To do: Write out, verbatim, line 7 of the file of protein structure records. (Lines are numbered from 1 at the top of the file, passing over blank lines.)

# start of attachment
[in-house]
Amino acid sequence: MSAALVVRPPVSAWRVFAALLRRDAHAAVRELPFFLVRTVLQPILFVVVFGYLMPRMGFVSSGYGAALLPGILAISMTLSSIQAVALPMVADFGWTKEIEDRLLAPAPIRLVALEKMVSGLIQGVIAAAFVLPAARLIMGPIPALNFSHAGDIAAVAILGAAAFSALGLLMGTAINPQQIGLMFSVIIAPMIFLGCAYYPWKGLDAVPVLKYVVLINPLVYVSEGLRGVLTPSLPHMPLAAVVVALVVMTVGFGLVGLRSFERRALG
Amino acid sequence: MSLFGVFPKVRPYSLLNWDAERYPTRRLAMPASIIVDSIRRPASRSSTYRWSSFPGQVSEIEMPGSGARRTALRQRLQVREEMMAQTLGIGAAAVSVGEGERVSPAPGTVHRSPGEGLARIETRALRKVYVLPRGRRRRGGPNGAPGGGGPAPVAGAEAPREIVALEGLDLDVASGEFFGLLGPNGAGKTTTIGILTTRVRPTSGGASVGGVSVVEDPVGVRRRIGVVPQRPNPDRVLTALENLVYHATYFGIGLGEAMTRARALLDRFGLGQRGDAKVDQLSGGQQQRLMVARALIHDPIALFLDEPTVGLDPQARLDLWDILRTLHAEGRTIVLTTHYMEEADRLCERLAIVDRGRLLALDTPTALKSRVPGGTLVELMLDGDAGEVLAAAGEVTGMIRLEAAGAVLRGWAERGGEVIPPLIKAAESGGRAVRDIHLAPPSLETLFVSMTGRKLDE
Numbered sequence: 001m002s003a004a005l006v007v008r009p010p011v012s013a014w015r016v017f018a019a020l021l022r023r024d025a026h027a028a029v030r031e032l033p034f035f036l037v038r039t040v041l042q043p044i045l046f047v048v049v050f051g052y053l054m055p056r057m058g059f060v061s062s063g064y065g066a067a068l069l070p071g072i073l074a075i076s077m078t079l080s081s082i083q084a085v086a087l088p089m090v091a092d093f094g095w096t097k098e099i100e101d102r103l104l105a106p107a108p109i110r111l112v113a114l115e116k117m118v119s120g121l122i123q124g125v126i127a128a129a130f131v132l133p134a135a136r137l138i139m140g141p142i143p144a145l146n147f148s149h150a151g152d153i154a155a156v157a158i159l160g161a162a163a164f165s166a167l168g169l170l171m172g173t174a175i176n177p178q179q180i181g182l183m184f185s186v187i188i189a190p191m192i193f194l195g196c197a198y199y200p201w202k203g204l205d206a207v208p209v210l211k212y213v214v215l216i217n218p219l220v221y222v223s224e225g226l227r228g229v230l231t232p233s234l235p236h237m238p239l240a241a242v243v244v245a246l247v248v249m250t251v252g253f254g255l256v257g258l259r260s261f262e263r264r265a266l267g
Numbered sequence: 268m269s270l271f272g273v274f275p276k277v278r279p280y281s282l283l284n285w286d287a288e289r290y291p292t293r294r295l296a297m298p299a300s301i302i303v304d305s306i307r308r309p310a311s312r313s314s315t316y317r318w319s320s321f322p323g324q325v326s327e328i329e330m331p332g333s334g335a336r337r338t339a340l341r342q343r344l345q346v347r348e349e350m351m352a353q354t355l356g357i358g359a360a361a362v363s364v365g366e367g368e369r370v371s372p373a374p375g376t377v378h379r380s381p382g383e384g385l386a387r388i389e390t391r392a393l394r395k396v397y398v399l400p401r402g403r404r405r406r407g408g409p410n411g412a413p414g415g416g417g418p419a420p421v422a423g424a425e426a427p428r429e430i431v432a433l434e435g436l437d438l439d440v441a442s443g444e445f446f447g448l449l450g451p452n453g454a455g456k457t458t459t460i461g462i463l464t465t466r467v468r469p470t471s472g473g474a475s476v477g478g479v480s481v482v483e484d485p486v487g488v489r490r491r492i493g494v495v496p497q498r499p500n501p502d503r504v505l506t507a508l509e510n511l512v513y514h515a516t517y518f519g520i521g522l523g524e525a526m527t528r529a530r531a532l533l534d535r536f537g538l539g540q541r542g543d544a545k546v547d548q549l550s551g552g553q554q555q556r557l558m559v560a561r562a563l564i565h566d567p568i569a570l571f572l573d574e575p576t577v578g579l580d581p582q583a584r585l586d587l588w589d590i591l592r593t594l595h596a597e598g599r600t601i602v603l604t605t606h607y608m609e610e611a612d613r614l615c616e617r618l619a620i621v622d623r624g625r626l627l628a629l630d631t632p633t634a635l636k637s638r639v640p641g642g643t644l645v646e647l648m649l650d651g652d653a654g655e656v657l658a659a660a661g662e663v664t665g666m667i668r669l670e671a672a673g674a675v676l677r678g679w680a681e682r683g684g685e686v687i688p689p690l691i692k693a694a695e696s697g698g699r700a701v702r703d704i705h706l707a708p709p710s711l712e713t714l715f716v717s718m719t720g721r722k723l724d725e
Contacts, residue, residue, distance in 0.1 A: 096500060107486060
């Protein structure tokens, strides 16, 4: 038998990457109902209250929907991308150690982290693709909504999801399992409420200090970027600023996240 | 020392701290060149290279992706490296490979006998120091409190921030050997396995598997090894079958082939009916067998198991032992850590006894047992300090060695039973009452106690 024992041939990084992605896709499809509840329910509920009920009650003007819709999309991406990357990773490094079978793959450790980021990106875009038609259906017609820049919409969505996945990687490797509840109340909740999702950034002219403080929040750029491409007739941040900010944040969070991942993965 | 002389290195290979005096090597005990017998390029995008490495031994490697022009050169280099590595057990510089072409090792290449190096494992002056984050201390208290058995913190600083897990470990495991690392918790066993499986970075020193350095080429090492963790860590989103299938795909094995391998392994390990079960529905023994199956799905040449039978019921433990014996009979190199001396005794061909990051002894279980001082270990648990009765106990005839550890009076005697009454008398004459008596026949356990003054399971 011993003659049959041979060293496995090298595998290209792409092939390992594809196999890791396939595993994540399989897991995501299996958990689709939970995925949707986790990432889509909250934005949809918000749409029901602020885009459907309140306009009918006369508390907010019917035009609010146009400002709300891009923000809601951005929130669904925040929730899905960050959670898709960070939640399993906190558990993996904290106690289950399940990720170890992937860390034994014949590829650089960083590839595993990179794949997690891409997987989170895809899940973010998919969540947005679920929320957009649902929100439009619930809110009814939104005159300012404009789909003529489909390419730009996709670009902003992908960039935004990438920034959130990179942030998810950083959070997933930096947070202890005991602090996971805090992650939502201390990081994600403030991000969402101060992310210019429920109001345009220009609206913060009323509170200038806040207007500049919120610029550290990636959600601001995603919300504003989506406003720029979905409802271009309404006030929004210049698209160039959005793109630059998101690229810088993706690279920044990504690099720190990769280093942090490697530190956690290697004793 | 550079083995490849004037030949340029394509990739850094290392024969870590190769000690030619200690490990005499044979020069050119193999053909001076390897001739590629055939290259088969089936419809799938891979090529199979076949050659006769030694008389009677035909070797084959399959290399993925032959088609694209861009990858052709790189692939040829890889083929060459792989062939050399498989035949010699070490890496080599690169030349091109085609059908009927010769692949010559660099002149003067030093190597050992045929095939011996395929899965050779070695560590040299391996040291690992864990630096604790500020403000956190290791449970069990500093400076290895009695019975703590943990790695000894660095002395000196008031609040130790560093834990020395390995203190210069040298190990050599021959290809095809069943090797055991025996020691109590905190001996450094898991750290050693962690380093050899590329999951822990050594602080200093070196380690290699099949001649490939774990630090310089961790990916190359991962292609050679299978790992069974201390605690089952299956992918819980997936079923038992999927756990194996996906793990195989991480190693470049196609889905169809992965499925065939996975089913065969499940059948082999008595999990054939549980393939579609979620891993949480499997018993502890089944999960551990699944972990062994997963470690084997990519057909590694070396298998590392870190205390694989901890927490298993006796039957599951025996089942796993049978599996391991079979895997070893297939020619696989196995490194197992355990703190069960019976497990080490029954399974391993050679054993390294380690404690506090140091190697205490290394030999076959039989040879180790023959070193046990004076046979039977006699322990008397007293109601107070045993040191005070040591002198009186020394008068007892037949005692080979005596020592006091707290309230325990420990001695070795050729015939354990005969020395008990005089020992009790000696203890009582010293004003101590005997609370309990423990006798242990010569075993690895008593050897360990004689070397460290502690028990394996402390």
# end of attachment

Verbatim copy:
């Protein structure tokens, strides 16, 4: 038998990457109902209250929907991308150690982290693709909504999801399992409420200090970027600023996240 | 020392701290060149290279992706490296490979006998120091409190921030050997396995598997090894079958082939009916067998198991032992850590006894047992300090060695039973009452106690 024992041939990084992605896709499809509840329910509920009920009650003007819709999309991406990357990773490094079978793959450790980021990106875009038609259906017609820049919409969505996945990687490797509840109340909740999702950034002219403080929040750029491409007739941040900010944040969070991942993965 | 002389290195290979005096090597005990017998390029995008490495031994490697022009050169280099590595057990510089072409090792290449190096494992002056984050201390208290058995913190600083897990470990495991690392918790066993499986970075020193350095080429090492963790860590989103299938795909094995391998392994390990079960529905023994199956799905040449039978019921433990014996009979190199001396005794061909990051002894279980001082270990648990009765106990005839550890009076005697009454008398004459008596026949356990003054399971 011993003659049959041979060293496995090298595998290209792409092939390992594809196999890791396939595993994540399989897991995501299996958990689709939970995925949707986790990432889509909250934005949809918000749409029901602020885009459907309140306009009918006369508390907010019917035009609010146009400002709300891009923000809601951005929130669904925040929730899905960050959670898709960070939640399993906190558990993996904290106690289950399940990720170890992937860390034994014949590829650089960083590839595993990179794949997690891409997987989170895809899940973010998919969540947005679920929320957009649902929100439009619930809110009814939104005159300012404009789909003529489909390419730009996709670009902003992908960039935004990438920034959130990179942030998810950083959070997933930096947070202890005991602090996971805090992650939502201390990081994600403030991000969402101060992310210019429920109001345009220009609206913060009323509170200038806040207007500049919120610029550290990636959600601001995603919300504003989506406003720029979905409802271009309404006030929004210049698209160039959005793109630059998101690229810088993706690279920044990504690099720190990769280093942090490697530190956690290697004793 | 550079083995490849004037030949340029394509990739850094290392024969870590190769000690030619200690490990005499044979020069050119193999053909001076390897001739590629055939290259088969089936419809799938891979090529199979076949050659006769030694008389009677035909070797084959399959290399993925032959088609694209861009990858052709790189692939040829890889083929060459792989062939050399498989035949010699070490890496080599690169030349091109085609059908009927010769692949010559660099002149003067030093190597050992045929095939011996395929899965050779070695560590040299391996040291690992864990630096604790500020403000956190290791449970069990500093400076290895009695019975703590943990790695000894660095002395000196008031609040130790560093834990020395390995203190210069040298190990050599021959290809095809069943090797055991025996020691109590905190001996450094898991750290050693962690380093050899590329999951822990050594602080200093070196380690290699099949001649490939774990630090310089961790990916190359991962292609050679299978790992069974201390605690089952299956992918819980997936079923038992999927756990194996996906793990195989991480190693470049196609889905169809992965499925065939996975089913065969499940059948082999008595999990054939549980393939579609979620891993949480499997018993502890089944999960551990699944972990062994997963470690084997990519057909590694070396298998590392870190205390694989901890927490298993006796039957599951025996089942796993049978599996391991079979895997070893297939020619696989196995490194197992355990703190069960019976497990080490029954399974391993050679054993390294380690404690506090140091190697205490290394030999076959039989040879180790023959070193046990004076046979039977006699322990008397007293109601107070045993040191005070040591002198009186020394008068007892037949005692080979005596020592006091707290309230325990420990001695070795050729015939354990005969020395008990005089020992009790000696203890009582010293004003101590005997609370309990423990006798242990010569075993690895008593050897360990004689070397460290502690028990394996402390």